The Chinese government announced news last month that thrilled many sex workers and advocates at non-governmental organizations (NGOs) in China — the National People’s Congress abolished Custody and Education (C&E), a system that for more than two decades allowed the police to detain female sex workers and clients for a period of up to two years without a trial.
It was a rare victory for a vulnerable group in China, and it came after a long campaign by civil society groups and foreign NGOs, which worked to bring the abuses of Custody and Education to light. But such progress is likely to become even more rare because China has cracked down on the very groups that helped to make this reform possible.
The arbitrary detention of sex workers was the first campaign I worked on after I joined Asia Catalyst, a small but dedicated U.S.-based organization whose goal is to provide resources and capacity building to support the rights of marginalized communities.
My research, conducted in 2013 with women who were formerly detained in C&E centers, revealed that these centers were profit-making machines for the public security departments. Working day and night performing menial labor without payment was routine for the detainees. They also had to pay for their stay in C&E centers, usually at excessive cost, along with paying for medical examinations and treatment. The centers often had strict rules in the name of education, such as restricting access to restrooms, which sometimes led to illness. What is more, C&E proved to be fertile soil for corruption and police abuse — sex workers were compelled to pay large bribes to the police, and verbal and physical abuse was common, my research found. Police also searched for and confiscated condoms as evidence of sex work, which made many sex workers too scared to carry and use them. The result was that C&E actually exposed sex workers to increased risks of sexually transmitted diseases (STDs) and HIV, rather than protecting them.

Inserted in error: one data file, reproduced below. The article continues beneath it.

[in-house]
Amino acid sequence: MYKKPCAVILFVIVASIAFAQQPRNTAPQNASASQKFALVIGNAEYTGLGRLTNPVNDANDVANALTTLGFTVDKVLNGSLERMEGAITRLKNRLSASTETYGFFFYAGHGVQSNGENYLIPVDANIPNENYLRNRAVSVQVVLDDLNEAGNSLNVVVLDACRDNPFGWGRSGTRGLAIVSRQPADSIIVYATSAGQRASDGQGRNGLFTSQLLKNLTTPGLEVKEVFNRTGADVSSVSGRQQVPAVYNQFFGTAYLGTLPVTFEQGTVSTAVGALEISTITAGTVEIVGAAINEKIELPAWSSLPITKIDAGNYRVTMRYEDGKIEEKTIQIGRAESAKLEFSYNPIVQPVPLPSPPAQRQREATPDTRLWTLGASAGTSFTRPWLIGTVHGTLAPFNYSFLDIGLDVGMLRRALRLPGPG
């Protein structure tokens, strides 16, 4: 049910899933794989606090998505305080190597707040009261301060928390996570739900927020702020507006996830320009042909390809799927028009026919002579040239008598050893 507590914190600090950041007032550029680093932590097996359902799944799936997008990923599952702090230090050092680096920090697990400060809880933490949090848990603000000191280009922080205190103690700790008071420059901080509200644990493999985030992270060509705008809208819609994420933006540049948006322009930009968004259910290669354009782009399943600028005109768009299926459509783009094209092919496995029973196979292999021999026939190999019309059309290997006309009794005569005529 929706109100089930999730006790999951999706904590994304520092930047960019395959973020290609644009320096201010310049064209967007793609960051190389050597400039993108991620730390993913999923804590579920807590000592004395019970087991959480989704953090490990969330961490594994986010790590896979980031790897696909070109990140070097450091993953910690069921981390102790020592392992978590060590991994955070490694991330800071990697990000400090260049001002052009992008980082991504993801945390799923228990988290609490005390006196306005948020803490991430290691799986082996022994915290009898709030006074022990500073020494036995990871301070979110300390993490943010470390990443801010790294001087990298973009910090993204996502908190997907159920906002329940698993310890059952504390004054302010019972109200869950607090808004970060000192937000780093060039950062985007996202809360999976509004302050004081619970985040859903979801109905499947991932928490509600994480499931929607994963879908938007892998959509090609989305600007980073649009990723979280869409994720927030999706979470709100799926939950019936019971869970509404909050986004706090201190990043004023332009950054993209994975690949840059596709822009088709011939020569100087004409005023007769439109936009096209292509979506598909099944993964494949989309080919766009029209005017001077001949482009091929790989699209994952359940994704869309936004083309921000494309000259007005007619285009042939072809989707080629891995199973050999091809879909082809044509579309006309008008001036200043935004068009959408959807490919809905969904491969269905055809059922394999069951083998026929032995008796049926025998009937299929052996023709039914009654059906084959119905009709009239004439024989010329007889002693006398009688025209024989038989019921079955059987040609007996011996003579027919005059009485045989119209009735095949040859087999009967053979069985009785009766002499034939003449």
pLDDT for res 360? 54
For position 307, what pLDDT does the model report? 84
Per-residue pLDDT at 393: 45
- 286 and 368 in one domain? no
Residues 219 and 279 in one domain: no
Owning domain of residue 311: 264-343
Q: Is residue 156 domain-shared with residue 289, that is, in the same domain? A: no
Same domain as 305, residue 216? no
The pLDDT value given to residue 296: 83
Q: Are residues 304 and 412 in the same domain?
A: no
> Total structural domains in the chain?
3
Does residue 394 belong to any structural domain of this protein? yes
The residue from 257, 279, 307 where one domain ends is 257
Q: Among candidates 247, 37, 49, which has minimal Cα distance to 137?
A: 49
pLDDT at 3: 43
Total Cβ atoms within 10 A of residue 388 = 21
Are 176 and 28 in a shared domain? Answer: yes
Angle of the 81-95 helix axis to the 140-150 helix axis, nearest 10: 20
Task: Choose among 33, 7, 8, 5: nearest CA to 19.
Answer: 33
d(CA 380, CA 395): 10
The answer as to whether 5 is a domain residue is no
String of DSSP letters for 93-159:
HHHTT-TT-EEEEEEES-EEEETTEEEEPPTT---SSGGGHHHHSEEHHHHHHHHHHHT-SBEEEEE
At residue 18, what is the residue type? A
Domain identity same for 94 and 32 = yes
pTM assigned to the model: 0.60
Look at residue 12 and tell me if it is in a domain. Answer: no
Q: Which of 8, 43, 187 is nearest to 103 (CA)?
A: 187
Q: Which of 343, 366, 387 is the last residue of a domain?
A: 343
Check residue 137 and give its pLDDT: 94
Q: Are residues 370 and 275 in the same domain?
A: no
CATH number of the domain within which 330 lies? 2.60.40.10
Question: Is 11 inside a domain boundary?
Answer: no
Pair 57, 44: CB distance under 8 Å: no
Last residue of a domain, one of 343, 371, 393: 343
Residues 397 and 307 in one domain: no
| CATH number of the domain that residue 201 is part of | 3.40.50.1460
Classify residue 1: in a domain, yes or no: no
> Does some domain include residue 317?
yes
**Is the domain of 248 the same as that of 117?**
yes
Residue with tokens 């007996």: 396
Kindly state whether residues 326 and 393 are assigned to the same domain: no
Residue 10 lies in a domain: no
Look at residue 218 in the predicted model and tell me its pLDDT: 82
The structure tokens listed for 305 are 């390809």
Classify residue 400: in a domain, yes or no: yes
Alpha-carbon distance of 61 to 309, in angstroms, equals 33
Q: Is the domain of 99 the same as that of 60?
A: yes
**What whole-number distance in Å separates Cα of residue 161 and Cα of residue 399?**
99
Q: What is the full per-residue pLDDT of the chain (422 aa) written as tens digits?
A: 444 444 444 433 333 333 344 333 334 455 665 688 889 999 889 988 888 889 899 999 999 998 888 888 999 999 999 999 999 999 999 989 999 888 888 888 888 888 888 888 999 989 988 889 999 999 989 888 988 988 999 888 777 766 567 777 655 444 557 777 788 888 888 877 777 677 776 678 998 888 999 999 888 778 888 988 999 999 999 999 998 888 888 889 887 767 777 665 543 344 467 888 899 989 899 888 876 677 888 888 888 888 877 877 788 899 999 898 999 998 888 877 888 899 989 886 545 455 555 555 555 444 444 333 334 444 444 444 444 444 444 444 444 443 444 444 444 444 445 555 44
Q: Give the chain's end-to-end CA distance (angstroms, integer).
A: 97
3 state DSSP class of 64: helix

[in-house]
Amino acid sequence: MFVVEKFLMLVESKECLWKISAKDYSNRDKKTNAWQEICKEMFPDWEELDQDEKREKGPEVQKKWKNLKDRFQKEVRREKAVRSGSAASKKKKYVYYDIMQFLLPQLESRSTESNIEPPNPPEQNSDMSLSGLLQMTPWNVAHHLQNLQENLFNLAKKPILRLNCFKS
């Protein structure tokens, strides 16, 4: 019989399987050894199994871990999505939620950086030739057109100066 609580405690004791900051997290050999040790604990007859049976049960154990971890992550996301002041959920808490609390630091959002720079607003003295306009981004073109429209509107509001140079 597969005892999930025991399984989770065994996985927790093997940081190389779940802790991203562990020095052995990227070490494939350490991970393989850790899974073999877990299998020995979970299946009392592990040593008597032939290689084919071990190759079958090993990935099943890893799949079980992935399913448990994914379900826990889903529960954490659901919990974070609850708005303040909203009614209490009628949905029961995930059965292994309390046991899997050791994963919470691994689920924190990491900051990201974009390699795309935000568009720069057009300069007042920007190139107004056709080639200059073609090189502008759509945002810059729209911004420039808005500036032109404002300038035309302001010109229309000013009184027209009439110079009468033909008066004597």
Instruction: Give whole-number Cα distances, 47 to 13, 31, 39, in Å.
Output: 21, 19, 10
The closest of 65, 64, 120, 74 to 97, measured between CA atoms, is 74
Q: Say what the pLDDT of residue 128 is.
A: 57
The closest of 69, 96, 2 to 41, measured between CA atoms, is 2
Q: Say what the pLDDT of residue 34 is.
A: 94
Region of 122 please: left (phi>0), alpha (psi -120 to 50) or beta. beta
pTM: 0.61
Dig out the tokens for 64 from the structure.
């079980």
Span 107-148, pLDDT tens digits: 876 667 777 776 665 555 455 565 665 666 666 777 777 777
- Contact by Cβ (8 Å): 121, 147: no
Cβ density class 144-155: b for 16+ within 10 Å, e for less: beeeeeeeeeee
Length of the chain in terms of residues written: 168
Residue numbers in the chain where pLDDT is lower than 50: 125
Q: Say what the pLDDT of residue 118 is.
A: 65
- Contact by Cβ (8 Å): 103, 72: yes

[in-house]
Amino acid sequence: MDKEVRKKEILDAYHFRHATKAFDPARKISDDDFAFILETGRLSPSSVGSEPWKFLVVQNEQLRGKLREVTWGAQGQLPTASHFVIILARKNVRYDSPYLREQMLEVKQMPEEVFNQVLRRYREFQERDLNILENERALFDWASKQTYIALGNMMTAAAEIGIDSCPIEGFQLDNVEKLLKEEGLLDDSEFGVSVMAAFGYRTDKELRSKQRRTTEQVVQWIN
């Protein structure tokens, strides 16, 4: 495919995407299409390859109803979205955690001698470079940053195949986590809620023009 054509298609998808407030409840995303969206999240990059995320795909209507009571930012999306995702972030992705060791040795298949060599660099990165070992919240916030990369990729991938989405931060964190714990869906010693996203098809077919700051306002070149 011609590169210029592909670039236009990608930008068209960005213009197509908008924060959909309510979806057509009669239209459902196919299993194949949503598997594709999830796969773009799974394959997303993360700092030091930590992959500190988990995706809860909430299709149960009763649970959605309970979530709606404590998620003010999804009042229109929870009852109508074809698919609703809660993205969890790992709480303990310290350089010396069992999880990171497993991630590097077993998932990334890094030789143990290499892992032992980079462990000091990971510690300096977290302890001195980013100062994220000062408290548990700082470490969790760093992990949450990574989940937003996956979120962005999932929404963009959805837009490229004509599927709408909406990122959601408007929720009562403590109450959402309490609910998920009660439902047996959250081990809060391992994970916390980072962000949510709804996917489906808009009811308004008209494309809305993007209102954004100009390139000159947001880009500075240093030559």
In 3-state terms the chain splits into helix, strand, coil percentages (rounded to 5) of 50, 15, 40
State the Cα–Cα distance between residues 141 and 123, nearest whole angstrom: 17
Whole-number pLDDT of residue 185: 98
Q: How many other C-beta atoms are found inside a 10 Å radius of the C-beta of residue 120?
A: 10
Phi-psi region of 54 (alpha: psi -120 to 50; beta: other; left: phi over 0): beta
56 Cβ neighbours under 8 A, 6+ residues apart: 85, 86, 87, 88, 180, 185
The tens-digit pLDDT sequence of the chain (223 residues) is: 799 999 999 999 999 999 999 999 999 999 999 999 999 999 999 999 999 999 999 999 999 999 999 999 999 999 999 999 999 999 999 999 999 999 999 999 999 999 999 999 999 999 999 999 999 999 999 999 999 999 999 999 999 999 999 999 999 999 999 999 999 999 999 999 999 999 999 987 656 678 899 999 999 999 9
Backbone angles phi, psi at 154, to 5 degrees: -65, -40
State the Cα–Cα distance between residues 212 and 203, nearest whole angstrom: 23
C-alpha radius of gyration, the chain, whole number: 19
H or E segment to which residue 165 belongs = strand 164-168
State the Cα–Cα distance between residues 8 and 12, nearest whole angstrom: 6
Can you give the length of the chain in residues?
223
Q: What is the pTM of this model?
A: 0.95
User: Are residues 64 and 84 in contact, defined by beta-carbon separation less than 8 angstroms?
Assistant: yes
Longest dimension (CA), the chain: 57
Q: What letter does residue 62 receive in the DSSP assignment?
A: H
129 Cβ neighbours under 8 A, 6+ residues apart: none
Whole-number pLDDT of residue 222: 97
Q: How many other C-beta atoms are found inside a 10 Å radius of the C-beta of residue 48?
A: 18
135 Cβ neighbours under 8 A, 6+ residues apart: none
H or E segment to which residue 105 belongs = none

When Asia Catalyst started to work on this issue, very few people knew about C&E — even though it had been operating for decades. The main targets of C&E detention were women who work on the street, in small massage parlors or barber shops. This population, hiding from the public and the police, has nowhere to go. The only images of these women the public sees are in news reports or television programs about the success of anti-vice operations. Sex workers are usually shown handcuffed, squatting on their heels, with hands on their heads.
The campaign to end C&E evolved into a large and unprecedented movement in which NGOs, women’s rights activists, lawyers, and government workers came together to demand its end. Asia Catalyst worked with Chinese groups and United Nations agencies to organize a national conference on how police behavior and detention centers were hurting efforts to stop the spread of HIV. We brought sex workers who’ been sent to centers to talk about how it impacted their life. We organized lawyers and sex worker and women’s rights groups to persuade 109 legal experts to sign onto a letter demanding the National People’s Congress review the legality of detention centers. We started a conversation in the Chinese and international media questioning the legitimacy of the system. Our local partners did the painstaking and crucial work of issuing open records requests to get the government to release the number of centers and detainees held at them, along with how much money was made from the labor by the detainees, and how that money was spent. A young woman activist even took the Guangdong provincial government to court for refusing to release the number of detainees in the C&E centers, calling it as a “secret of policing work.” Although the case failed, it brought national attention to these centers and triggered a national debate on the legitimacy of the C&E system.